Infection is always a risk. If an implant is placed other than fat, infection may require implant removal. Often this can be avoided with prompt antibiotic treatment.
There is always a possibility of implant movement. This usually can be handled with conservative measures, though removal of the implant is possible.
Any implants will show some resorption of the bottom jaw bone over time. This is usually not a problem and can only be seen on x-ray. In people with very thin jaw bones this resorption can lead to breakage of the bone which would require repair but this is a rare complication.
As with any surgical procedure, other risks may pertain to your specific situation given other medical conditions. It is imperative to speak with a knowledgeable surgeon before undertaking any surgical procedures and disclose all of your medical conditions.
Possible complications that patients need to be aware of...
Possible complications that patients need to be aware of before surgery include:
- Nerve damage
- Mandible bony absorption (a small layer of bone fades away)
- Rejection of the implant
- Lip dysfunction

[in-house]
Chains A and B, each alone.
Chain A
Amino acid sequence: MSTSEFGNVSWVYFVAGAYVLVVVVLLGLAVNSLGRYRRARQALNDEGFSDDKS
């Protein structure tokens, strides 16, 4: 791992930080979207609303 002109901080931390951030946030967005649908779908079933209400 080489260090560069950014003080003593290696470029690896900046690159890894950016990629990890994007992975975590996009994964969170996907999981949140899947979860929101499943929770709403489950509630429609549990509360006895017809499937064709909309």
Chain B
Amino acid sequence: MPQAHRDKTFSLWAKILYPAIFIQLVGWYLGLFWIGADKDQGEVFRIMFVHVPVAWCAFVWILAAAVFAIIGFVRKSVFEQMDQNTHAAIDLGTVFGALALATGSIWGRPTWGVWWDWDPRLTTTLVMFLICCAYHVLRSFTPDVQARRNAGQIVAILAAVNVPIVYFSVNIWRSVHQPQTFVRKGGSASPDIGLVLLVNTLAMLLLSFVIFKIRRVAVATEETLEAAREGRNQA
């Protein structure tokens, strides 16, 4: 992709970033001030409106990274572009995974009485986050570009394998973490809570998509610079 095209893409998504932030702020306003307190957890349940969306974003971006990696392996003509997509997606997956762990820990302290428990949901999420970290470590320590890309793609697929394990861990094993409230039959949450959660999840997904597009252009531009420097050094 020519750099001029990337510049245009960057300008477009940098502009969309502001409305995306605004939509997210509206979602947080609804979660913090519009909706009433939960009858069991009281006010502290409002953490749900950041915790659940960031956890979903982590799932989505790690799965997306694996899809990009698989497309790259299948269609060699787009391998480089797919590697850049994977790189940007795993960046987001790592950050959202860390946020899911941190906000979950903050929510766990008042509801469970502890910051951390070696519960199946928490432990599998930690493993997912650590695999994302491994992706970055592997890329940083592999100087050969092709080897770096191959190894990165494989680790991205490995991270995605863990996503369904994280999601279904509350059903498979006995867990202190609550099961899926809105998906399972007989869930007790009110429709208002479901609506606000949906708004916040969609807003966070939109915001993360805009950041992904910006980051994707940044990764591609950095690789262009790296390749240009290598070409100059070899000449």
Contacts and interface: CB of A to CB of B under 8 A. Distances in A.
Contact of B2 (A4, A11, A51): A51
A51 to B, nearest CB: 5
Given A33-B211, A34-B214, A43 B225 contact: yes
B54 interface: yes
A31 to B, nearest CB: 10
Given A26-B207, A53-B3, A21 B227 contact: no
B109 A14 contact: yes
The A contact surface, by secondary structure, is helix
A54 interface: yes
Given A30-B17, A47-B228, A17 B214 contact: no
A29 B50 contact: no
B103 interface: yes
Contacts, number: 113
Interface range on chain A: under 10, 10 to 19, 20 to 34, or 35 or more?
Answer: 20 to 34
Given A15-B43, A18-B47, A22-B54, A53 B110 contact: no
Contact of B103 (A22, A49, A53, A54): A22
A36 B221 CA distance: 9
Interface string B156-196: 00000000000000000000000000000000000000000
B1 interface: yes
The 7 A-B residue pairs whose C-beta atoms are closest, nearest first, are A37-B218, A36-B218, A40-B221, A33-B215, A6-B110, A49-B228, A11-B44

- Movement of the implant
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chin implant complications
In our practice we insert chin implants under local anesthesia. We also give patients antibiotics to prevent an infection. We have seen a handful of patients where the tail of the implant has become displaced( Folded over) and must undergo a touch-up to put the implant tail in the proper position.We have seen a few patients who have ended up with a small area of numbness on the upper lip after the procedure in the last 25 years. The overall complication rate is very low. For many before and after examples, please see the link below
Chin Implant Complications
Risks Associated With Chin Implant
As with any plastic surgery procedure, there are risks of infection and bleeding associated with having a chin implant. Fortunately, both of these are quite rare, especially if the implant is placed from under the chin where a sterile environment can be maintained during placement of the implant (as opposed to going through the mouth to place the implant).
In addition, there are risks of possible nerve and muscle damage from the chin implant. There are both sensory (sensation) nerves and motor (movement) nerves around the jaw that can be inadvertently injured during the procedure. Sometimes the muscle can also be affected from the implant, causing abnormal movement of the lower lip with a change in pattern of speech.
There is also a chance that the implant can cause absorption of the underlying jaw bone, which takes away from the desired effect of providing an augmented appearance. Finally, you may simply not like the appearance of your lower face following the chin implant procedure. Fortunately, a majority of patients undergoing this type of procedure end up fairly happy with their results with minimal complications.
Chin Implant Risks